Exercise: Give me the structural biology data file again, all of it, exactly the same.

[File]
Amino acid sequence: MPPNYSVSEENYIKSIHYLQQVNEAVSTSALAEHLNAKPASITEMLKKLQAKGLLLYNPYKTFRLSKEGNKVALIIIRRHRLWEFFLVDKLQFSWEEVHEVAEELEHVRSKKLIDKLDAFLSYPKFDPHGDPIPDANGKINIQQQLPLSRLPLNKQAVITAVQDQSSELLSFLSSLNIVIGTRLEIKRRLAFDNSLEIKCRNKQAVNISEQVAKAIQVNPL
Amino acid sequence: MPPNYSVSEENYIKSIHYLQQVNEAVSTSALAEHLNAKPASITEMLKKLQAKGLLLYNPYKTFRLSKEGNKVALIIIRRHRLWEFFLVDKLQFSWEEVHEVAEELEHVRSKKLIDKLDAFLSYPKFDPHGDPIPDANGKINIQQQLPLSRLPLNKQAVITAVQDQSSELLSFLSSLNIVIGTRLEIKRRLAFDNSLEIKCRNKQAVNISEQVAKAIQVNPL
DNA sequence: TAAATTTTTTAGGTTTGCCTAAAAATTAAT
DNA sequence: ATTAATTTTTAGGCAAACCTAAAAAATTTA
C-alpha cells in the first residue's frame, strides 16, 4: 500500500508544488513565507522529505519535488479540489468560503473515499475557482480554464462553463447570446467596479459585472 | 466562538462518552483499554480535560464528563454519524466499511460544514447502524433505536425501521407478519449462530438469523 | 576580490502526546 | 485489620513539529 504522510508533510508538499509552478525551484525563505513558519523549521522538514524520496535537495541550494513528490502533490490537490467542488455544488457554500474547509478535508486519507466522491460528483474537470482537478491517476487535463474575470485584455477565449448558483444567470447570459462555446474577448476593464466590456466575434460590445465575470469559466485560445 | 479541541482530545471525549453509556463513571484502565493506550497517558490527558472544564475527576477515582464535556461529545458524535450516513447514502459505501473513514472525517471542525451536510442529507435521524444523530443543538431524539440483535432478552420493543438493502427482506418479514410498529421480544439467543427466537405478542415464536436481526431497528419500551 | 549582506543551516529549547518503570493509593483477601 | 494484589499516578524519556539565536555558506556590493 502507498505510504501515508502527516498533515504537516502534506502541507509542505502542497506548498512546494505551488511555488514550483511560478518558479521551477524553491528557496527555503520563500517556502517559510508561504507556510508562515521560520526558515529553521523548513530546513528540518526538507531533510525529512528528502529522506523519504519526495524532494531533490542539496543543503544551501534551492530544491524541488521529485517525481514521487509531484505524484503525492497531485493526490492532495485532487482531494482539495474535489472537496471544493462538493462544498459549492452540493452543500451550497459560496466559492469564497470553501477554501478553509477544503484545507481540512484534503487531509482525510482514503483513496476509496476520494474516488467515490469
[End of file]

Amino acid sequence: MPPNYSVSEENYIKSIHYLQQVNEAVSTSALAEHLNAKPASITEMLKKLQAKGLLLYNPYKTFRLSKEGNKVALIIIRRHRLWEFFLVDKLQFSWEEVHEVAEELEHVRSKKLIDKLDAFLSYPKFDPHGDPIPDANGKINIQQQLPLSRLPLNKQAVITAVQDQSSELLSFLSSLNIVIGTRLEIKRRLAFDNSLEIKCRNKQAVNISEQVAKAIQVNPL
Amino acid sequence: MPPNYSVSEENYIKSIHYLQQVNEAVSTSALAEHLNAKPASITEMLKKLQAKGLLLYNPYKTFRLSKEGNKVALIIIRRHRLWEFFLVDKLQFSWEEVHEVAEELEHVRSKKLIDKLDAFLSYPKFDPHGDPIPDANGKINIQQQLPLSRLPLNKQAVITAVQDQSSELLSFLSSLNIVIGTRLEIKRRLAFDNSLEIKCRNKQAVNISEQVAKAIQVNPL
DNA sequence: TAAATTTTTTAGGTTTGCCTAAAAATTAAT
DNA sequence: ATTAATTTTTAGGCAAACCTAAAAAATTTA
C-alpha cells in the first residue's frame, strides 16, 4: 500500500508544488513565507522529505519535488479540489468560503473515499475557482480554464462553463447570446467596479459585472 | 466562538462518552483499554480535560464528563454519524466499511460544514447502524433505536425501521407478519449462530438469523 | 576580490502526546 | 485489620513539529 504522510508533510508538499509552478525551484525563505513558519523549521522538514524520496535537495541550494513528490502533490490537490467542488455544488457554500474547509478535508486519507466522491460528483474537470482537478491517476487535463474575470485584455477565449448558483444567470447570459462555446474577448476593464466590456466575434460590445465575470469559466485560445 | 479541541482530545471525549453509556463513571484502565493506550497517558490527558472544564475527576477515582464535556461529545458524535450516513447514502459505501473513514472525517471542525451536510442529507435521524444523530443543538431524539440483535432478552420493543438493502427482506418479514410498529421480544439467543427466537405478542415464536436481526431497528419500551 | 549582506543551516529549547518503570493509593483477601 | 494484589499516578524519556539565536555558506556590493 502507498505510504501515508502527516498533515504537516502534506502541507509542505502542497506548498512546494505551488511555488514550483511560478518558479521551477524553491528557496527555503520563500517556502517559510508561504507556510508562515521560520526558515529553521523548513530546513528540518526538507531533510525529512528528502529522506523519504519526495524532494531533490542539496543543503544551501534551492530544491524541488521529485517525481514521487509531484505524484503525492497531485493526490492532495485532487482531494482539495474535489472537496471544493462538493462544498459549492452540493452543500451550497459560496466559492469564497470553501477554501478553509477544503484545507481540512484534503487531509482525510482514503483513496476509496476520494474516488467515490469